Especially when it comes to larger inheritances, valuation has the potential to be one of the most important steps when distributing an estate. That is because Massachusetts has an estate tax.
Your loved one probably intended for the estate to go to the heirs, and not to experience undue tax burden in the process. You could potentially help ensure this by categorizing all of the assets correctly.
Unfortunately, this might be easier said than done. The evaluation procedures in Massachusetts are pursuant to the complex rules of the IRS. Therefore, although it is possible to do estate taxes online via MassTaxConnect as outlined on the website of the Commonwealth of Massachusetts, it may be a good idea to have all of your paperwork in order before you begin this process.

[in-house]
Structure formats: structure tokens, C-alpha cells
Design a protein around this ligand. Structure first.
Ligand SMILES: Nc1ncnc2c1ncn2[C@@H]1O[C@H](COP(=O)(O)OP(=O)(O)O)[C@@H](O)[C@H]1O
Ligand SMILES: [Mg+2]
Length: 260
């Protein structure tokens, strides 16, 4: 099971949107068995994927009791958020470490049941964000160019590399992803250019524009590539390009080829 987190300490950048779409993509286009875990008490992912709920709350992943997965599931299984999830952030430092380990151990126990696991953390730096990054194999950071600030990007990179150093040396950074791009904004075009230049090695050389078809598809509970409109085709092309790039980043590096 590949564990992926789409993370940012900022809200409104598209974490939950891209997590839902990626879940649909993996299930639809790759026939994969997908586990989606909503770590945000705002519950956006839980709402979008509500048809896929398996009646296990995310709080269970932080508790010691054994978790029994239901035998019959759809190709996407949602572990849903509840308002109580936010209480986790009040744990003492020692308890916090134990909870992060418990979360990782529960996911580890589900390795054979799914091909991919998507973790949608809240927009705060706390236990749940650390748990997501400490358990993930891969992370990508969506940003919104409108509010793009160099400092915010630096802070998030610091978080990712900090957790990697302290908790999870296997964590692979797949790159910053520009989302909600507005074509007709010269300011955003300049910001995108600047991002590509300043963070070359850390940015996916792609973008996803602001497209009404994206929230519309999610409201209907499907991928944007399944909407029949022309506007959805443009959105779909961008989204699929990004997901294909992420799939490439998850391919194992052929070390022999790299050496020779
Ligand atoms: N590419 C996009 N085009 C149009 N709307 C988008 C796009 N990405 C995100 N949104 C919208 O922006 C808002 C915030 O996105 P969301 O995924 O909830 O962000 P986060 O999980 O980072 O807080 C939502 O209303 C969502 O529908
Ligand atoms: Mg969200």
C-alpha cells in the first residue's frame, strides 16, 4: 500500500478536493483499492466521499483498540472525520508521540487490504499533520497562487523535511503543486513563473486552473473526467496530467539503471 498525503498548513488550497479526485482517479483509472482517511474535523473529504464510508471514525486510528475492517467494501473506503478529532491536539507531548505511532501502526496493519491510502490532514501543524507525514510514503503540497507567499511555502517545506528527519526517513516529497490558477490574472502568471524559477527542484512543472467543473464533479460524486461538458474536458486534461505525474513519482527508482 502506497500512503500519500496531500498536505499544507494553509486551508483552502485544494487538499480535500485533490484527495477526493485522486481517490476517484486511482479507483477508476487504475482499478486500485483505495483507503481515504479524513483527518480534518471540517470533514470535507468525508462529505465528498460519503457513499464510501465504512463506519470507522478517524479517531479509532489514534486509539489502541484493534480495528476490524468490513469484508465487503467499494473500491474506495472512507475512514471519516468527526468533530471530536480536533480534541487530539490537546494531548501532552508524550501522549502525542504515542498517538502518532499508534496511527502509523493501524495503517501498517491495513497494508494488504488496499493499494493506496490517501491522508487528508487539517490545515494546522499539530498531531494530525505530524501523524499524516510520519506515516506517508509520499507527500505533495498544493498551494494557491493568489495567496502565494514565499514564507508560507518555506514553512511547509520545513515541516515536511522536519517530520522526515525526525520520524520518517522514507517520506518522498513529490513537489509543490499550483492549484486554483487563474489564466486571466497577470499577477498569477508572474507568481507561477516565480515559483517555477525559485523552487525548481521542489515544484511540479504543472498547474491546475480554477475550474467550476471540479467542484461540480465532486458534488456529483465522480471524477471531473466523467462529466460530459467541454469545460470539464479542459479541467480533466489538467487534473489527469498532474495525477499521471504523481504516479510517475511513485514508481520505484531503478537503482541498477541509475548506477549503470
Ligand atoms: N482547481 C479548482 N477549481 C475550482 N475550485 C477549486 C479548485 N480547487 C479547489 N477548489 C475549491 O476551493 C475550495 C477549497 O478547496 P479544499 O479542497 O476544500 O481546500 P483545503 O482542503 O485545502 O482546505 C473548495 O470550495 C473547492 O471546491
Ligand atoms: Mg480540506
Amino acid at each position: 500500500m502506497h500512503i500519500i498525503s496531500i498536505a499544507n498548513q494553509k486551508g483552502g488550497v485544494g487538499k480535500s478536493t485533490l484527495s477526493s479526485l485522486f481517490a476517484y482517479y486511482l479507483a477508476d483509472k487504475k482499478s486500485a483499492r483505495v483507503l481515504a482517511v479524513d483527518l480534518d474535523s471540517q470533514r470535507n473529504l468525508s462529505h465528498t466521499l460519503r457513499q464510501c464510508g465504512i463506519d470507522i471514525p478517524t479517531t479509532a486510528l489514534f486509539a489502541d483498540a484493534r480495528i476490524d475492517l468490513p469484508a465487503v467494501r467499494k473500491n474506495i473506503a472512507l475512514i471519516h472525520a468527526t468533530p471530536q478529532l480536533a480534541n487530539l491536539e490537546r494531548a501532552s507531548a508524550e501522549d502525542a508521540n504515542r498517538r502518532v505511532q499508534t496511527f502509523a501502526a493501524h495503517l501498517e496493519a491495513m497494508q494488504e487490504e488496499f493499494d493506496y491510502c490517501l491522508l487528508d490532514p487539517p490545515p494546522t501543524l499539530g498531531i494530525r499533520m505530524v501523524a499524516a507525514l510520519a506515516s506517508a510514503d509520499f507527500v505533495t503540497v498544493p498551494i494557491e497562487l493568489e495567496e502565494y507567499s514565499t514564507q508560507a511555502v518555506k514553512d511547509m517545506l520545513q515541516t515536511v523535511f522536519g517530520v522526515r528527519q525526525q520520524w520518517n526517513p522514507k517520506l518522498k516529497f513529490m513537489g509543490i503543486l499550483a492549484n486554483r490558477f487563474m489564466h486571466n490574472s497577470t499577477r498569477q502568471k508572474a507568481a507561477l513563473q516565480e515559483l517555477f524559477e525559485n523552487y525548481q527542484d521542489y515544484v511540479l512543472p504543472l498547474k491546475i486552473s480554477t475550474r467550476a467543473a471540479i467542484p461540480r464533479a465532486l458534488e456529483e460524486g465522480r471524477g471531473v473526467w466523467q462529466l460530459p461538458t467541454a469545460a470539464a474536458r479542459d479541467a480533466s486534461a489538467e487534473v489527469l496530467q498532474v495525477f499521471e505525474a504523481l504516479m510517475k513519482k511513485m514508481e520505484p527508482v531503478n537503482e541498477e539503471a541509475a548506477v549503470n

Valuation may also require you to enlist the help of third parties if you wish to provide accurate numbers to the courts. For example, unique pieces of art or antiques may require professional appraisal. Similarly, you may need an accountant for another financial expert to examine the value of securities, real estate and other types of assets.
Believe it or not, Massachusetts does not want to tax you on assets you do not inherit. Therefore, if you believe your loved one's estate may not truly require estate tax, a robust valuation may be in order.
When you look at the details of an estate, the path forward often becomes much clearer. therefore, please do not use these articles as legal advice. They are only meant to provide general information.